Home » 600-million-year-old ocean water discovered in the Himalayas, may shed light on Earth’s past

600-million-year-old ocean water discovered in the Himalayas, may shed light on Earth’s past

by Admin

In a groundbreaking discovery, scientists from the Indian Institute of Science (IISc) in Bengaluru, in collaboration with Niigata University in Japan, have uncovered remnants of an ancient ocean within the Himalayas. The discovery was made across the expansive stretch of the western Kumaon Himalayas, encompassing regions from Amritpur to the Milam glacier and Dehradun to the Gangotri glacier.

The team identified droplets of water encapsulated within mineral deposits, dating back an estimated 600 million years. These deposits, rich in calcium and magnesium carbonates, have been likened to a “time capsule for paleo oceans” by lead author Prakash Chandra Arya, a Ph.D. student at the Centre for Earth Sciences (CEaS), IISc. The deposits are believed to have originated from precipitation of ancient ocean water.

During the Snowball Earth glaciation, a prolonged period of global glaciation that occurred between 700 and 500 million years ago, the Earth experienced significant changes. Post this event, the Second Great Oxygenation Event ensued, marking a major surge in atmospheric oxygen levels and the evolution of complex life forms. However, the precise connection between these events has largely remained obscure due to the scarcity of well-preserved fossils and the disappearance of ancient oceans.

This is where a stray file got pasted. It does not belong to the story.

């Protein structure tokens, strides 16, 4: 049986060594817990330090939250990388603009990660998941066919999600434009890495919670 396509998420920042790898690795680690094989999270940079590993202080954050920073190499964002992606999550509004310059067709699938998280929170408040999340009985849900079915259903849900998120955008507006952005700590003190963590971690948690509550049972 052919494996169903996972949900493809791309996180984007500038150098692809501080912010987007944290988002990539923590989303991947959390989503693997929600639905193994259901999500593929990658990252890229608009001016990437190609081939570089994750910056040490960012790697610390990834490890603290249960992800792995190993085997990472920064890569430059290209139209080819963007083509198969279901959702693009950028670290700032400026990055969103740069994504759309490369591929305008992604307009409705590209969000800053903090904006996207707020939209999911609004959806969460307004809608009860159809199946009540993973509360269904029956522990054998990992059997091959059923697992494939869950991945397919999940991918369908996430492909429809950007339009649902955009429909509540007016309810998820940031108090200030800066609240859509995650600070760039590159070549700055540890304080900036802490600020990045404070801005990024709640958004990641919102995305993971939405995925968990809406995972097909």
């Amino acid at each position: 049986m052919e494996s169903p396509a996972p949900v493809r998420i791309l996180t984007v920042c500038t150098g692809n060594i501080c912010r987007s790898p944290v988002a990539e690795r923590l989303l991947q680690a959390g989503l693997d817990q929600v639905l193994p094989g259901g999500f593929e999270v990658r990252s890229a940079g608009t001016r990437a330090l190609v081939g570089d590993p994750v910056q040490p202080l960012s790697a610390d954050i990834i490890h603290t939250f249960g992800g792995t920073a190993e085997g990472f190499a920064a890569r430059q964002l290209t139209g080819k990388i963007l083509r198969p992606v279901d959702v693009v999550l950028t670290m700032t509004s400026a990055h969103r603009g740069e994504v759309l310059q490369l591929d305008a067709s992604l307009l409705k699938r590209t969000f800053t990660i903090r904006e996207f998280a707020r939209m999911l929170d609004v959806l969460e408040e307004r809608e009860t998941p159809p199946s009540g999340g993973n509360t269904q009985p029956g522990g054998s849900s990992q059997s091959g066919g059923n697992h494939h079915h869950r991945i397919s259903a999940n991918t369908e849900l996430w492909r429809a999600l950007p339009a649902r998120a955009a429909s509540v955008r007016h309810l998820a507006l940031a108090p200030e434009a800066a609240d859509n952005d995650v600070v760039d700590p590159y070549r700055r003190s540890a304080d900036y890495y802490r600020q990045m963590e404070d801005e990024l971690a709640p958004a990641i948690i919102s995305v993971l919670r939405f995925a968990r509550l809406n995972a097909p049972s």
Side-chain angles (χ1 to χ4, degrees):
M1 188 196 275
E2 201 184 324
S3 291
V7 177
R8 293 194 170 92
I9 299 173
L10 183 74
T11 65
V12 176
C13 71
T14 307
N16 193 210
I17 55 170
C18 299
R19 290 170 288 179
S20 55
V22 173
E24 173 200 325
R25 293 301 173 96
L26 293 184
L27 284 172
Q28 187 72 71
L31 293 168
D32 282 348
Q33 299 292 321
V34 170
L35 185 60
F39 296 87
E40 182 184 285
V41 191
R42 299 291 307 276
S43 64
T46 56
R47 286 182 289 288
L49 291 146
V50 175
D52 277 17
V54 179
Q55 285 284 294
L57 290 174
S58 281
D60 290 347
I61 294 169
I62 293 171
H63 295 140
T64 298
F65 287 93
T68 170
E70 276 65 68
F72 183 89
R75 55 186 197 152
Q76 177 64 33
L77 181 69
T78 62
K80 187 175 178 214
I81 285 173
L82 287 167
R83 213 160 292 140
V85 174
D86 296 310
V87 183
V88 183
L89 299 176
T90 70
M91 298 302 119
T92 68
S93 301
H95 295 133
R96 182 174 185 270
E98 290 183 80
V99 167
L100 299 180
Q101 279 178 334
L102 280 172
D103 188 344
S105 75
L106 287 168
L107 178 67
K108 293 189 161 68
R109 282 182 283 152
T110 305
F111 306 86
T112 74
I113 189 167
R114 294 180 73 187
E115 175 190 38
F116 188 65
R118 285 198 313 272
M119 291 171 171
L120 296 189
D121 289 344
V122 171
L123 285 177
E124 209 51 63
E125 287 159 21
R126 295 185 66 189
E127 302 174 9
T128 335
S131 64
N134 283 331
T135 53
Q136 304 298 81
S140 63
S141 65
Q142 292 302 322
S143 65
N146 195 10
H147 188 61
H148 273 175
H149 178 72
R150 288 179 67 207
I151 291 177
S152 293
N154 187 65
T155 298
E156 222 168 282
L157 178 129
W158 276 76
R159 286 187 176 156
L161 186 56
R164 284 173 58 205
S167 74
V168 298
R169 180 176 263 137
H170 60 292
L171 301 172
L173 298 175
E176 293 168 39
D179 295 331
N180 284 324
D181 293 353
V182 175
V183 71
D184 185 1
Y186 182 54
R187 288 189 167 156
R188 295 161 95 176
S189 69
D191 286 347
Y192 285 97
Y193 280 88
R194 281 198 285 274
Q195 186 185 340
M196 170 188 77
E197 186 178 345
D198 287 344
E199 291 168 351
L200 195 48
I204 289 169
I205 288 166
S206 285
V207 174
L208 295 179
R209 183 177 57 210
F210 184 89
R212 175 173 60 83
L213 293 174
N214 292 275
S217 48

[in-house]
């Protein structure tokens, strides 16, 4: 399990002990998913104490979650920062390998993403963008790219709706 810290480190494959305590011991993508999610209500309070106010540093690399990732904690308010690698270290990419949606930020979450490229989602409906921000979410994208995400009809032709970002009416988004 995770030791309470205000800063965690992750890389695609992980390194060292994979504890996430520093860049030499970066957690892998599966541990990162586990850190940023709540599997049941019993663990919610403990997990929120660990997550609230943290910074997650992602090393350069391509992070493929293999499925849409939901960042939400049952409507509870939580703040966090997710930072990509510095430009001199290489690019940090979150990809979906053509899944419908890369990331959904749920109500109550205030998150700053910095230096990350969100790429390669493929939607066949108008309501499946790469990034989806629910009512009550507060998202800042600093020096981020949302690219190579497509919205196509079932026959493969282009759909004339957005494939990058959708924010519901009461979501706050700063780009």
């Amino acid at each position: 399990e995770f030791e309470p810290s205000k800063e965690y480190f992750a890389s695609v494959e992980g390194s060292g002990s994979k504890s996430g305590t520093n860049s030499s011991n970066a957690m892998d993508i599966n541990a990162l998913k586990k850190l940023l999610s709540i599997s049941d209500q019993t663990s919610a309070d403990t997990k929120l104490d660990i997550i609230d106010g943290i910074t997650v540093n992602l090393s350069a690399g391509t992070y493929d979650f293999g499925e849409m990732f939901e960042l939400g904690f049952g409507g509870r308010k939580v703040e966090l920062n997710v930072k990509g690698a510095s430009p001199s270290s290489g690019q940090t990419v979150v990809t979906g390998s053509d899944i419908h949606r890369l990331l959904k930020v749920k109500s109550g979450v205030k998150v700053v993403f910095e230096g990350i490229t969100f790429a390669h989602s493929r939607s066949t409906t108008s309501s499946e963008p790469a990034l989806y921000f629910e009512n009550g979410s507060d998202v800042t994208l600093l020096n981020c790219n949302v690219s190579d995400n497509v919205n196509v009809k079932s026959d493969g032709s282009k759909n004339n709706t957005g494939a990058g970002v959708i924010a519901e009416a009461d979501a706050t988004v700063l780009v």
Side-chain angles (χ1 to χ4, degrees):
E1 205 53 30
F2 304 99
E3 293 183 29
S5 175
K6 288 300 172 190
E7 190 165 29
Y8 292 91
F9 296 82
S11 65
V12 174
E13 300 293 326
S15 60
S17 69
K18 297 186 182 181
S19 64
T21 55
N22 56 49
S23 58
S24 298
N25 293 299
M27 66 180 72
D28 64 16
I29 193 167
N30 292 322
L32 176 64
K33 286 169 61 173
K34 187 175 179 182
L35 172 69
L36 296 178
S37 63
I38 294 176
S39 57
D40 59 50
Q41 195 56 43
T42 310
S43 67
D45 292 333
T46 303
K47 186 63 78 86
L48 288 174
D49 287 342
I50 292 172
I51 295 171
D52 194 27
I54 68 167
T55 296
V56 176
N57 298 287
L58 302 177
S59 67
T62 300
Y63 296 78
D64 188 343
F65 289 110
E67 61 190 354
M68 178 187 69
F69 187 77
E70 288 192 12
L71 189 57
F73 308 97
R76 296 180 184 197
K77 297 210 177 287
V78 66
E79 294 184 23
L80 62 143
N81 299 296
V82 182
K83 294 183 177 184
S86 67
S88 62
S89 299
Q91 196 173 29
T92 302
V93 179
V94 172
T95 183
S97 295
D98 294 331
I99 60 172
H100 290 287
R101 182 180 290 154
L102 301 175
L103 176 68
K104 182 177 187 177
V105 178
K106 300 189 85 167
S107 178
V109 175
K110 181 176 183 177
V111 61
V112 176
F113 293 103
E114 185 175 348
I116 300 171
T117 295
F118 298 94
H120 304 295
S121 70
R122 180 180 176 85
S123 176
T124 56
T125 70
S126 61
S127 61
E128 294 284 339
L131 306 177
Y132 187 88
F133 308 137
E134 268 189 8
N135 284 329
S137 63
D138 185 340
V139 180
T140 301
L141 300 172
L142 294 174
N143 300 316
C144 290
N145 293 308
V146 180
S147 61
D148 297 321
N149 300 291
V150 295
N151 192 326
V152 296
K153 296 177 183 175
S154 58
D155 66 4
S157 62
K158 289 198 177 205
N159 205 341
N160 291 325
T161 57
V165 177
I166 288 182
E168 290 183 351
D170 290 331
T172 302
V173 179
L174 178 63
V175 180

The recent discovery of marine rocks in the Himalayas could potentially offer some answers to these longstanding questions. The team’s findings indicate that during the Snowball Earth glaciation, sedimentary basins experienced an extended calcium deficiency, possibly due to a decrease in riverine input. The subsequent increase in magnesium levels led to the crystallization of the magnesium deposits, effectively trapping ancient ocean water.

This shortage of calcium might also have induced a nutrient deficiency, creating an optimal environment for slow-growing photosynthetic cyanobacteria. These organisms could have subsequently begun releasing more oxygen into the atmosphere, thereby potentially contributing to the Second Great Oxygenation Event.

The researchers utilized extensive laboratory analysis to confirm that the discovered deposits originated from precipitation from ancient ocean water, as opposed to other potential sources such as submarine volcanic activity. The elucidation of the chemical and isotopic composition of ancient oceans from these findings could provide invaluable information for climate modeling, thereby offering deeper insights into the evolution of oceans and life on Earth.

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